The Sons of Confederate Veterans intends to install upright granite markers in the “apex” design to be supplied by the Department of Veterans Affairs. These stones are consistent with the design or type of stones that were used in other military cemeteries in the late 19th and early 20th century. Stones of this type are still widely used as they are provided free of charge to qualified veterans. The Sons of Confederate Veterans has chosen the use of granite rather than marble. Marble is more widely used in military cemeteries, but with time its bright white color becomes darkened by pollutants to a light gray color which can give it an appearance not unlike granite. Marble is also a much softer stone requiring much more maintenance and even regular replacement due to its high susceptibility to erosion from the elements which can make the stones illegible or even lead to breakage. Granite stones in the desired design can last many centuries with virtually no maintenance other than the potential for alignment issues due to ground settling. The manner of installation is anticipated to minimize settlement issues by compacting the soils surrounding the markers. There will be three proposed upright markers to each existing “numerical” marker as those markers denote three gravesites. One proposed marker will be placed directly behind the “numerical” marker with one upright proportionally spaced to either side of the existing marker to form parallel rows parallel and adjoining the rows of existing “numerical” markers. The proposed markers will be installed in a 4 inch wide trench in lots of 100. New markers will not be sporadically placed but will be done by row and subsection.


2) Existing “Numerical” Markers

The existing “numerical” markers indicating the section number and location of the gravesites in the Confederate Section of Oakwood will be left in their current state and location and will be used as the lines of reference in installing the proposed upright markers. A few of the existing “numerical” markers have apparently been relocated following the accidental removal by maintenance equipment or for other reasons. Some were not placed back in proper alignment. Those few not in reasonable alignment with the adjacent stones may be adjusted to what would appear to be their correct and proper location.


3) Existing “Personal” Markers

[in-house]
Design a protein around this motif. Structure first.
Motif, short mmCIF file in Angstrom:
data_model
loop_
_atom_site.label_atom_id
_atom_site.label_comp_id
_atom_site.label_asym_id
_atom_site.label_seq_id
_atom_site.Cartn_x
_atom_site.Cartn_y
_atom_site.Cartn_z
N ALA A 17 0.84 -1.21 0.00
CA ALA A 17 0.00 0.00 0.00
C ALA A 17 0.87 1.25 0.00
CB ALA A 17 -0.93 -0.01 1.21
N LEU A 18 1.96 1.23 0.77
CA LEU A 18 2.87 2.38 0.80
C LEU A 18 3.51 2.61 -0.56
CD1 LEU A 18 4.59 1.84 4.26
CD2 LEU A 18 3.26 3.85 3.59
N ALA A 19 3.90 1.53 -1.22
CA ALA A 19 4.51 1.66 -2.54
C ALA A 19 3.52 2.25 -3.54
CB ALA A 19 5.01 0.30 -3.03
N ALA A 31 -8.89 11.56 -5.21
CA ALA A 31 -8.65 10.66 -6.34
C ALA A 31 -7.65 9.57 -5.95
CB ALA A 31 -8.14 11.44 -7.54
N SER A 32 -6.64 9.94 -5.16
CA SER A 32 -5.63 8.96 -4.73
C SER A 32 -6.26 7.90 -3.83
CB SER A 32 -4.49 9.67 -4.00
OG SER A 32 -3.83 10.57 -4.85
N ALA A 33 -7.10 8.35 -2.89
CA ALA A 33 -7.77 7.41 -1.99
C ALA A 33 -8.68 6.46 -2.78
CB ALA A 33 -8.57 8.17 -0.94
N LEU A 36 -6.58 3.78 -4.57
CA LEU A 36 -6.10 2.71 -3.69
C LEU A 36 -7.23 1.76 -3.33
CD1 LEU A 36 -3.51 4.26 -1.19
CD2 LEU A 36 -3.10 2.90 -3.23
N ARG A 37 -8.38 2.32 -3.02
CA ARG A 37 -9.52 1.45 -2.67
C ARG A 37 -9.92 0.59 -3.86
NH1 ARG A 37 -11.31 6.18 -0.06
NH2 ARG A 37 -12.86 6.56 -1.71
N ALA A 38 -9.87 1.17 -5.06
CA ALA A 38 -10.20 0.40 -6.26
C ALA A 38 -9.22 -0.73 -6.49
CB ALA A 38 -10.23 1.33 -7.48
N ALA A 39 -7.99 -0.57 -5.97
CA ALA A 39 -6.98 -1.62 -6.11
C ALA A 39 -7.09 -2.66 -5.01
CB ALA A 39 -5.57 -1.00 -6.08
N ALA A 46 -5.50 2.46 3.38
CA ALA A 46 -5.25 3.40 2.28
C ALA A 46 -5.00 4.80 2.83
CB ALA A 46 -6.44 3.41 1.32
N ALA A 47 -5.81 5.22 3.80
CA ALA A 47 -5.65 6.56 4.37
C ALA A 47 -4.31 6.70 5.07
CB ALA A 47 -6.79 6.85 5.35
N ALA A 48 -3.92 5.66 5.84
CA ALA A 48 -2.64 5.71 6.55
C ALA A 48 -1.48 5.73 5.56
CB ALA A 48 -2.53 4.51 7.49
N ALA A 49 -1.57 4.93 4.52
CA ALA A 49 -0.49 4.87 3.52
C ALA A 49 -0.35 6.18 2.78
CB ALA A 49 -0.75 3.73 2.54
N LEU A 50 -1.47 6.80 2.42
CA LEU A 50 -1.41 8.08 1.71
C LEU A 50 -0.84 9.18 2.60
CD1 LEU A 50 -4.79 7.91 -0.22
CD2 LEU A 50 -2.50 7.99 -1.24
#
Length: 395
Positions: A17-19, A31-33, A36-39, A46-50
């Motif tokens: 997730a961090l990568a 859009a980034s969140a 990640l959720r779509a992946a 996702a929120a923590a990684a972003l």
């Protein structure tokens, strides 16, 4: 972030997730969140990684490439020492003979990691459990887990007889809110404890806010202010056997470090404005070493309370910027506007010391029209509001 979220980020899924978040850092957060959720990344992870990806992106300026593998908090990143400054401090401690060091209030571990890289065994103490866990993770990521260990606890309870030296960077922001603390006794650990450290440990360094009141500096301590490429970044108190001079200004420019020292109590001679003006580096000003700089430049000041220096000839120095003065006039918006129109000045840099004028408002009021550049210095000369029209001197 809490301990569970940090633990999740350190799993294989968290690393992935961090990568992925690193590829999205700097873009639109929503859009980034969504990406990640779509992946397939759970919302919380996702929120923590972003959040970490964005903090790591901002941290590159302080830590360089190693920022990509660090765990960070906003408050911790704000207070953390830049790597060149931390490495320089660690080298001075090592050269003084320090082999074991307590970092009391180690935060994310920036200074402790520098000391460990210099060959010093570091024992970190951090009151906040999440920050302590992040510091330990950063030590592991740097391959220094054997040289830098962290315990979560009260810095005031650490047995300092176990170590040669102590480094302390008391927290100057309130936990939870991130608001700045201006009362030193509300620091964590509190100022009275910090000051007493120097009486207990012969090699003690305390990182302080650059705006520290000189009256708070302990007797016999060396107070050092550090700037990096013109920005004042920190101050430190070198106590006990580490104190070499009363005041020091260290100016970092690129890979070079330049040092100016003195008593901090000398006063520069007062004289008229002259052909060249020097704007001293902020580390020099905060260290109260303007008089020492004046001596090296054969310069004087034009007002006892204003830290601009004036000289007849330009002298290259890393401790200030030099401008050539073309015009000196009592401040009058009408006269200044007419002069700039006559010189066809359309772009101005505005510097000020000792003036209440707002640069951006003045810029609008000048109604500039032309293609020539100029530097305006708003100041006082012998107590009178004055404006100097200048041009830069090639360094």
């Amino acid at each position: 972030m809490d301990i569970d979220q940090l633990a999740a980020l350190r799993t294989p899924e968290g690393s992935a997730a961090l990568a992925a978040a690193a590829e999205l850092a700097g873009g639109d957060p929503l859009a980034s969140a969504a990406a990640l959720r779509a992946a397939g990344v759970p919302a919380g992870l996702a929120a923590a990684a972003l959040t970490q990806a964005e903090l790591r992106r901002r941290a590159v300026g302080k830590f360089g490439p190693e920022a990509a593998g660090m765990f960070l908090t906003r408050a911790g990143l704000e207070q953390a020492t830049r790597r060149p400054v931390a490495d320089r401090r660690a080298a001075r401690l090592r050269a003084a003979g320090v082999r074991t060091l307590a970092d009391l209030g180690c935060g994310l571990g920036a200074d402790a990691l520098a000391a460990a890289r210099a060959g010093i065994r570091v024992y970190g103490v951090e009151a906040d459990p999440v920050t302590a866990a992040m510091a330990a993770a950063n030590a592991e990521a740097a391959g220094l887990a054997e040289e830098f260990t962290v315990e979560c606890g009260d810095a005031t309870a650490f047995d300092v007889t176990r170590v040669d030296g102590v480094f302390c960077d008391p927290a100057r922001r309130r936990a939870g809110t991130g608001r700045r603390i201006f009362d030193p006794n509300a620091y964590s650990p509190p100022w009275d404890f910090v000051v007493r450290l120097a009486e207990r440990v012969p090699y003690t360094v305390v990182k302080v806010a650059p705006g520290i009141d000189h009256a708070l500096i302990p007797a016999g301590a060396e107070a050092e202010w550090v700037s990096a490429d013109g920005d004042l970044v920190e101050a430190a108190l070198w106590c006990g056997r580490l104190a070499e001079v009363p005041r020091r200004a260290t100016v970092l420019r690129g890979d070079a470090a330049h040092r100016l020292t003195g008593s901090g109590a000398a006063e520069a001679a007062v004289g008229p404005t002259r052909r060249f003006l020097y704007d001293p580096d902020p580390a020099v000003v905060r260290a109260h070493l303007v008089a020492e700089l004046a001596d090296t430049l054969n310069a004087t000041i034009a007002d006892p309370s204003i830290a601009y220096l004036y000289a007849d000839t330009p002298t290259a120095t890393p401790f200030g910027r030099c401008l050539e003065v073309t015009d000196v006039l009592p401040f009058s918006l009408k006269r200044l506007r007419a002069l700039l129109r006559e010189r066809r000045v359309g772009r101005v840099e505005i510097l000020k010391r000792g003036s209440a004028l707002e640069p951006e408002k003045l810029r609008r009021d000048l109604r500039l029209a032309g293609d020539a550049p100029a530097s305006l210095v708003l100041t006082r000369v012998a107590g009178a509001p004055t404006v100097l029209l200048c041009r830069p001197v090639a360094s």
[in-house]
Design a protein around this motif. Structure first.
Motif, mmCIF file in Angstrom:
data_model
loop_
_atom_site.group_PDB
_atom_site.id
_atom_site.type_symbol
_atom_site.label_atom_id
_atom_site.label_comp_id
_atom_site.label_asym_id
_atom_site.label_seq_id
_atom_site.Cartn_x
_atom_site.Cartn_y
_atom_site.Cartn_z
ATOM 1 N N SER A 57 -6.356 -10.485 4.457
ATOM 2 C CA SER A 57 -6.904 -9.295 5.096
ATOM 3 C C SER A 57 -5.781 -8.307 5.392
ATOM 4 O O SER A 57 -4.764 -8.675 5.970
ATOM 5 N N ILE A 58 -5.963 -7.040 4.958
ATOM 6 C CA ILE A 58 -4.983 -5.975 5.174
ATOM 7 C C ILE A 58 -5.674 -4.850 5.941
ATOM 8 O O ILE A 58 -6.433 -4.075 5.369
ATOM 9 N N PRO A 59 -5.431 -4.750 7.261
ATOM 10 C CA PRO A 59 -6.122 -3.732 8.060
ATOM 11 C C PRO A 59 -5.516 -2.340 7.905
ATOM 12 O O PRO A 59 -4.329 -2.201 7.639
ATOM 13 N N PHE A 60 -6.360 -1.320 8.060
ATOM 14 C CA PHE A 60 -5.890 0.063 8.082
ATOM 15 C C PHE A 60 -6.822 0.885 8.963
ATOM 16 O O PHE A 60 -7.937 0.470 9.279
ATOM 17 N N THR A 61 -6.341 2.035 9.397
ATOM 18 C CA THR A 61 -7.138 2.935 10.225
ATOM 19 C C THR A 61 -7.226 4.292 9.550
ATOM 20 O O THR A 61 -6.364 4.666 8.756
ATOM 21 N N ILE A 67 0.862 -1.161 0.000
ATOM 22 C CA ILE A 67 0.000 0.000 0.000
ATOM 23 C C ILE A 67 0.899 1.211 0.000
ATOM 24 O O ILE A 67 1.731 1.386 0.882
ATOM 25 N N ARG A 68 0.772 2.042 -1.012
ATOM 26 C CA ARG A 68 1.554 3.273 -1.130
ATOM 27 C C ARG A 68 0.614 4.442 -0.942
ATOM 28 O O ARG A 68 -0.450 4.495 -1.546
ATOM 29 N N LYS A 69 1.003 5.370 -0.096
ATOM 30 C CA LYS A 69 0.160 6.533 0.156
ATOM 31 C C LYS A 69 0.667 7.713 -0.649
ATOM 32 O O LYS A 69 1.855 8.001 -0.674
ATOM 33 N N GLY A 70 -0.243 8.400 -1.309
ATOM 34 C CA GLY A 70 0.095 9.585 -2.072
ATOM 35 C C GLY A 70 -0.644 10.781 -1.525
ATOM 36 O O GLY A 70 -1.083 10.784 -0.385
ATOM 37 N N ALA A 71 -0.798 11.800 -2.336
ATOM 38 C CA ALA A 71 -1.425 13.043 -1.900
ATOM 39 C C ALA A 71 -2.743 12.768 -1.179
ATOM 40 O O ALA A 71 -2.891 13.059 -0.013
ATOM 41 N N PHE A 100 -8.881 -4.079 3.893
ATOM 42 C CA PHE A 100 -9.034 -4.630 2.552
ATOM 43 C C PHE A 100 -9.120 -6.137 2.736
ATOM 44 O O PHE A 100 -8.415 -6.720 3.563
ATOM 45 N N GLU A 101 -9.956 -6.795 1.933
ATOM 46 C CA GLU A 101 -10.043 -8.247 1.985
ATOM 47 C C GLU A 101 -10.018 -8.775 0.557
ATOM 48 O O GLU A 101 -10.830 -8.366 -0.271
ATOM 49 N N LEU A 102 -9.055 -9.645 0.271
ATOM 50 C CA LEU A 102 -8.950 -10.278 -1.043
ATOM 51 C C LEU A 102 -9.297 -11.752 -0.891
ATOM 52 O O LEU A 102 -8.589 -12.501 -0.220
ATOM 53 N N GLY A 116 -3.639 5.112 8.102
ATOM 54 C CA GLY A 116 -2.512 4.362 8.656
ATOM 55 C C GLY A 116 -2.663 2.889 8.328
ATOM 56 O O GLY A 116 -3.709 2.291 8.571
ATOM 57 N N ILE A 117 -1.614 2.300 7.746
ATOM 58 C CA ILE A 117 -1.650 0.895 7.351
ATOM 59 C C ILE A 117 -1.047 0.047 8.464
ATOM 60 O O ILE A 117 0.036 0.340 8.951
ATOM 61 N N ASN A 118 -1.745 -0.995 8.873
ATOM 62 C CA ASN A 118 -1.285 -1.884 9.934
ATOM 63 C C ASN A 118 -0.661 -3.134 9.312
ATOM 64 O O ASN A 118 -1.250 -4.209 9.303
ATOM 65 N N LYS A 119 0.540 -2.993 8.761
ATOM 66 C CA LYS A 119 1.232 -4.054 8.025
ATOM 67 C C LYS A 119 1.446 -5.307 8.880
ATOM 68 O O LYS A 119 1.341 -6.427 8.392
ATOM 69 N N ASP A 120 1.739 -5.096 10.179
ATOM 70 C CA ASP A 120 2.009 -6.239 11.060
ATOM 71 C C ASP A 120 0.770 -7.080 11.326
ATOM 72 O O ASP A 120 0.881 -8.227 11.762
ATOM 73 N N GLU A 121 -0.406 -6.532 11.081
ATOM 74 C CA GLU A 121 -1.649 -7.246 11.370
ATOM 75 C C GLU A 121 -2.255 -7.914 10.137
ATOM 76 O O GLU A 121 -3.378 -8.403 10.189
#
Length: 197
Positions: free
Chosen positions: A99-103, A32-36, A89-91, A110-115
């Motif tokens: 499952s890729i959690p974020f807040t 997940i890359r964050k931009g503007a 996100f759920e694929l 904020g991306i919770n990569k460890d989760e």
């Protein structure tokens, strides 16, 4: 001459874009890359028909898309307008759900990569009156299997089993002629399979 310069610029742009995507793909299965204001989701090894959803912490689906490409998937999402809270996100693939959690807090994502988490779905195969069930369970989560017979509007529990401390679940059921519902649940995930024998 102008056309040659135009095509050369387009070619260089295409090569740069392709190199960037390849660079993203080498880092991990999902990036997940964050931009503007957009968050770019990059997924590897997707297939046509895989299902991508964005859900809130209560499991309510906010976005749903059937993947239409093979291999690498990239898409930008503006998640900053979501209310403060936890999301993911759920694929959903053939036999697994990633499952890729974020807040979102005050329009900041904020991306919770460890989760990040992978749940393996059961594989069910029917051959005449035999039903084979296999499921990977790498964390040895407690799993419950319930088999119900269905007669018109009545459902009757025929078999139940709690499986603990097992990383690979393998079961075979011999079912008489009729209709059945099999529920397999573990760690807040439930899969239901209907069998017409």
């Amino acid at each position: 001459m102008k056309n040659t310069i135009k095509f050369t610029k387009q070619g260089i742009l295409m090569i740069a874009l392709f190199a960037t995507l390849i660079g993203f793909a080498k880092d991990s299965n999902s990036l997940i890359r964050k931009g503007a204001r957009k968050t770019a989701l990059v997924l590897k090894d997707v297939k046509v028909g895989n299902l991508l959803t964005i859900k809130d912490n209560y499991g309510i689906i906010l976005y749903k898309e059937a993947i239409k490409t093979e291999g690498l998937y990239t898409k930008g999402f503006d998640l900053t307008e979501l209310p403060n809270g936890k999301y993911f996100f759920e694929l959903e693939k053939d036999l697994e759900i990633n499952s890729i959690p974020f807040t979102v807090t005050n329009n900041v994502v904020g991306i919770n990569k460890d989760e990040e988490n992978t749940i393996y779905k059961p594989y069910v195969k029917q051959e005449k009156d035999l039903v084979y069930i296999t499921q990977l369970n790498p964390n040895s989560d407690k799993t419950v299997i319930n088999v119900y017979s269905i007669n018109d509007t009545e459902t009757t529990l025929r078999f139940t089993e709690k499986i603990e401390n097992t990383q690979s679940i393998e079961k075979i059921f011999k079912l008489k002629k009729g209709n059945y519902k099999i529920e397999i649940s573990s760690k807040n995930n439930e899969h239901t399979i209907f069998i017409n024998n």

While the vast majority of graves in the Confederate Section of Oakwood have no individuals markers denoting the actual soldier who lies in a particular grave, there are approximately 150 markers with at least the name of a veteran. The majority of these stones are “flat” markers which have been installed at grade level. In addition to the flat markers, there are a lesser number of upright markers. It is the proposal of the Sons of Confederate Veterans to relocate the “flat” markers from the head of their respective graves to the foot of the grave following the installation of the proposed markers. The SCV will bare the cost of producing an additional upright marker for any of the few graves already marked with “flat” markers. Existing upright markers are to be left in their current locations. Uprights may be adjusted slightly in the event of alignment issues, should their design allow for such. Several existing upright markers are broken and lying in pieces at grade level. It is the intention of the SCV to repair these broken “upright” markers if possible or allow them to remain in place at grade over the grave they mark.


4) Multiple Burials and other Obstacles

There are some graves in Oakwood in which more than one soldier was buried. In these instances, only one upright marker will be installed for one of the soldiers in the multiple grave. The additional soldiers in the grave will receive the “flat” design markers which will be placed at the head of the grave adjacent to the upright marker. In other instances where there are “obstacles” over the graves, “flat” markers will be installed at grade as near as possible to the graves around the obstacle. An example of this are the graves located beneath the gazebo where “flat“ markers will be placed around its base.


5) Other Confederate Cemeteries